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This year’s One Book, One Community titles were chosen because they offer an opportunity for individuals and families to discuss some compelling issues that we’re all facing right now. We hope the themes resonate with you as we all continue to live with a global pandemic and other issues that challenge us to cope with situations outside of our control, manage feelings of isolation and find new ways to connect with our families and communities.

In addition to Room, please take a look at some staff-recommended books with a focus on the theme of resilience.

Book River
Book River Title
One Book, One Community Reads
Book River Items

I Am Darn Tough (2020)

by Licia Morelli

I am Darn Tough by Licia Morelli is an inspiring picture book story of one child's determination and resilience to overcome the obstacles and challenges of a long distance race. – Vicki Heller, Collection Development Librarian

The Stars Are Fire (2017)

by Anita Shreve

Based on the largest fire in Maine's history, this story opens with a young wife and mother, Grace, who must protect her two young children as well as the one she is carrying when her husband joins the volunteers fighting the fire. After the fire subsides Grace must forge ahead unclear of the fate of her husband, her home in ashes, and her children frightened and hungry. In the blink of an eye she is left with no one to depend on but herself, and she resolves to find a way to survive. – Emily Vinci, Fiction Manager

An Untamed State (2014)

by Roxane Gay

Mireille lives a life of privilege as the daughter of wealth with a loving husband and young son, but on a visit to Haiti to visit her family her world is disrupted when she is kidnapped and held for ransom. As she waits for her father - a proud man unwilling to cower to demands of "animals" - to pay, she endures dehumanizing violence that not only tests but at points nearly obliterates her will to live. This is not an easy read, but ultimately Mireille's strength and courage in the face of the unspeakable is a testament to the power of the human spirit. – Emily Vinci, Fiction Manager

The Splendid and the Vile : a Saga of Churchill, Family, and Defiance During the Blitz (2020)

by Erik Larson

A very focused biography. Most biographies of Churchill are a complete study of his political/historical life. His family are usually supporting players in the background. This work pays more attention on his relationship with his wife and family during the London blitz. – John Ericson, Hoffman Estates Branch Manager

Dancing at the Pity Party : a Dead Mom Graphic Memoir (2020)

by Tyler Feder

Tyler Feder was 19 when her mom was diagnosed with cancer, and in this graphic memoir she shares her story of losing her mom and how she copes with grief. I found this graphic novel to be truly comforting with its honest, awkward, and sometimes funny moments of what it looks like to grieve, and showing the resilience it takes to keep going after a loved one has died. – Allison Riggs, Teen Librarian

Sweep : the Story of a Girl and Her Monster (2018)

by Jonathan Auxier

For fans of historical fantasy, this is a story about a girl and her monster that combines Jewish folklore with Victorian labor history – which was not kind to poor orphans. Nan Sparrow is an 11-year-old chimney sweep who has been forced to work for a cruel master after her kind mentor vanished. She is nearly killed when she gets stuck in a flue and is saved by a golem she names Charlie. The two make a home together and Nan must hide and protect Charlie from harm. This is a story about friendship, sacrifice and hope aimed at middle-grade readers that you won’t be able to put down. – Gail Tobin, Hanover Park Branch Manager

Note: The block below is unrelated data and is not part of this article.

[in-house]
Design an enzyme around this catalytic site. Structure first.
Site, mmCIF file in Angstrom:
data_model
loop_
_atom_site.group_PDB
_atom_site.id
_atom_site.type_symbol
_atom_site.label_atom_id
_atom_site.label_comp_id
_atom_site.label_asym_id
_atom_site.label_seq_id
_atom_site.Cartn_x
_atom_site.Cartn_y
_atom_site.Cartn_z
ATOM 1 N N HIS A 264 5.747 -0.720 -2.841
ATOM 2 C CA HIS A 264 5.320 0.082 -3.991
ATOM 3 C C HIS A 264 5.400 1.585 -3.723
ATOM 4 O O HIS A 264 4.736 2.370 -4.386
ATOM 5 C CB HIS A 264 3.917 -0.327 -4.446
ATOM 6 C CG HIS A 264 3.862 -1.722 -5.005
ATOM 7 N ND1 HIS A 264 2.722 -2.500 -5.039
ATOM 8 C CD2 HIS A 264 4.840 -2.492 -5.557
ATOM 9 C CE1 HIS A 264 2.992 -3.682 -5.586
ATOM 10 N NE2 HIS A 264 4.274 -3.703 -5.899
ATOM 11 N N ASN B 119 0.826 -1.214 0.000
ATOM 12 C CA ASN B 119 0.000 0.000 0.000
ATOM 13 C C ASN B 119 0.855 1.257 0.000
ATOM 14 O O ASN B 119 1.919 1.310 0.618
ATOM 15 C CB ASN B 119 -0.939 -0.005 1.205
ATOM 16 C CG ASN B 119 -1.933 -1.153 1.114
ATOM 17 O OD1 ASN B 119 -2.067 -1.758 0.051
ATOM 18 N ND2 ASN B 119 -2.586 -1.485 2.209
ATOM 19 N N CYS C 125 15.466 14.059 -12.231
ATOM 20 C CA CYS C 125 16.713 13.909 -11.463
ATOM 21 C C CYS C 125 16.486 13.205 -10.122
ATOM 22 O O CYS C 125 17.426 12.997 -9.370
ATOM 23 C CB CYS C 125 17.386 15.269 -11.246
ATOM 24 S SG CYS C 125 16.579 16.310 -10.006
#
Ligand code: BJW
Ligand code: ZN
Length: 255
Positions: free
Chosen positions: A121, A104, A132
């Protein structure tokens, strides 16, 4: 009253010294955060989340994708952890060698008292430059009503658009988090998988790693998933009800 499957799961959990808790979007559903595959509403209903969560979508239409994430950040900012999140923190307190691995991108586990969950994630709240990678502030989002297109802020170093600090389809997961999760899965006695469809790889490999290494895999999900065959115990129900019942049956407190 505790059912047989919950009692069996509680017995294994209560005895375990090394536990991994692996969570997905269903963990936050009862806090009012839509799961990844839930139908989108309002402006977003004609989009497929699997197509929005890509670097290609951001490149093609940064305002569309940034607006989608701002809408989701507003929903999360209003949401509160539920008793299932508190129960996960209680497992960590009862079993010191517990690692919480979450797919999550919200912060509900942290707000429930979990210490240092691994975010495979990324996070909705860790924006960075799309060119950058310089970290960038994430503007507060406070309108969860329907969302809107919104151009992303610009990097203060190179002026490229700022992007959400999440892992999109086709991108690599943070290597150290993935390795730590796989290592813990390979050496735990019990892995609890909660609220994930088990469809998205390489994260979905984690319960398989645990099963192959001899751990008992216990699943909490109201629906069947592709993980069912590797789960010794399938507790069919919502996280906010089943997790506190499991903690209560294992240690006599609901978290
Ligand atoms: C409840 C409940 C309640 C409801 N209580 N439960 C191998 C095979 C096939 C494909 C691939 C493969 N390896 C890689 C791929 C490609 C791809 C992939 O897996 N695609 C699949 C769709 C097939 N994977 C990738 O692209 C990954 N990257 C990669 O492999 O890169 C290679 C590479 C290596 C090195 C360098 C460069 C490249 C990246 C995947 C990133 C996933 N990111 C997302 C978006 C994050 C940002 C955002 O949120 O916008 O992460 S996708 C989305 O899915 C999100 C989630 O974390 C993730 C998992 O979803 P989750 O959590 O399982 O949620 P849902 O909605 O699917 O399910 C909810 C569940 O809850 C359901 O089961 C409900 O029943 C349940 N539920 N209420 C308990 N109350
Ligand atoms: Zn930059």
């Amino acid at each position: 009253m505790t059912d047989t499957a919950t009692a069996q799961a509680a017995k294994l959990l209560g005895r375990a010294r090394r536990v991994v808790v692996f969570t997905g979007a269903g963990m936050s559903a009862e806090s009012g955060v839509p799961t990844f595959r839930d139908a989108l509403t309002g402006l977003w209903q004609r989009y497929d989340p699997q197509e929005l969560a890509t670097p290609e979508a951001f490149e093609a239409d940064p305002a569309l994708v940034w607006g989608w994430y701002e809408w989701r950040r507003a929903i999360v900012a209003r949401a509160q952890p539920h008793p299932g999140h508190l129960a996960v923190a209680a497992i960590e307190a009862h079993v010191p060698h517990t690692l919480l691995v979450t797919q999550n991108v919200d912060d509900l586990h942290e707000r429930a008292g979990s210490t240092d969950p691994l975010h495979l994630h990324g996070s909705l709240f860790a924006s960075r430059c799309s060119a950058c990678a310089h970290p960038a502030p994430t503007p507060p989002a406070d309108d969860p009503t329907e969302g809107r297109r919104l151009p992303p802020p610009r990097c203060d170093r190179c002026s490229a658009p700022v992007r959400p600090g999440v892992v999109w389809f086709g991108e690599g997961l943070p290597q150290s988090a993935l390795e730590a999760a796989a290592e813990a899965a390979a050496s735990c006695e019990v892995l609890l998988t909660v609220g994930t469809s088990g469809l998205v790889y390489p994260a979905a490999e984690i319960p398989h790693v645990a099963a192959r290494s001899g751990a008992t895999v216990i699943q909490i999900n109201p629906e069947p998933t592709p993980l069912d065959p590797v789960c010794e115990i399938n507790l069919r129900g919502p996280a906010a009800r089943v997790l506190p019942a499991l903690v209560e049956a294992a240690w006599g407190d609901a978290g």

A Long Walk to Water (2010)

by Linda Sue Park

A story of resilience and strength, A Long Walk to Water tells the stories of two children growing up in Sudan, North Africa. Nya's story takes place in 2008, and details the struggle she and her family go through for clean drinking water. Each day, Nya has to make two trips that take two hours each to get to water. Salva's story takes place in 1985, when he escapes his home in Sudan during war and is separated from his family. Both Nya and Salva's stories converge in a moving way, and show the reader how the long walks Nya and Salva take shape their lives. A heart-wrenching and important read. – Gretchen Schulz, Tween Librarian

The Boy Who Harnessed the Wind (2015)

by William Kamkwamba

A memoir adapted for young readers, William Kamkwamba's story is inspiring. It tells of the invention he made in his home country of Malawi, a country in East Africa. When a terrible drought dries up his family's farming land, William's interest in science, and his love of books and libraries brings to fruition a solution: a windmill. An awesome and encouraging book for kids! – Gretchen Schulz, Tween Librarian

First They Killed My Father : a Daughter of Cambodia Remembers (2000)

by Loung Ung

A gripping story of resilience, community and familial love, the author recounts in vivid detail her experience with Cambodia's notorious Khmer Rouge and the long road she and her siblings traveled to begin new lives in the United States. – Magan Szwarek, Reference Services Director

My Name is Konisola (2020)

by Alisa Siegel

My Name is Konisola by Alisa Siegel is based on the true story of nine-year-old Konisola and her mother's immigration to Canada. Forced to leave a difficult situation in their homeland of Nigeria, they arrive in Canada with only each other. Illness strikes and Konisola if left to fend for herself. Her future remains uncertain. Can she find her way? – Vicki Heller, Collection Development Librarian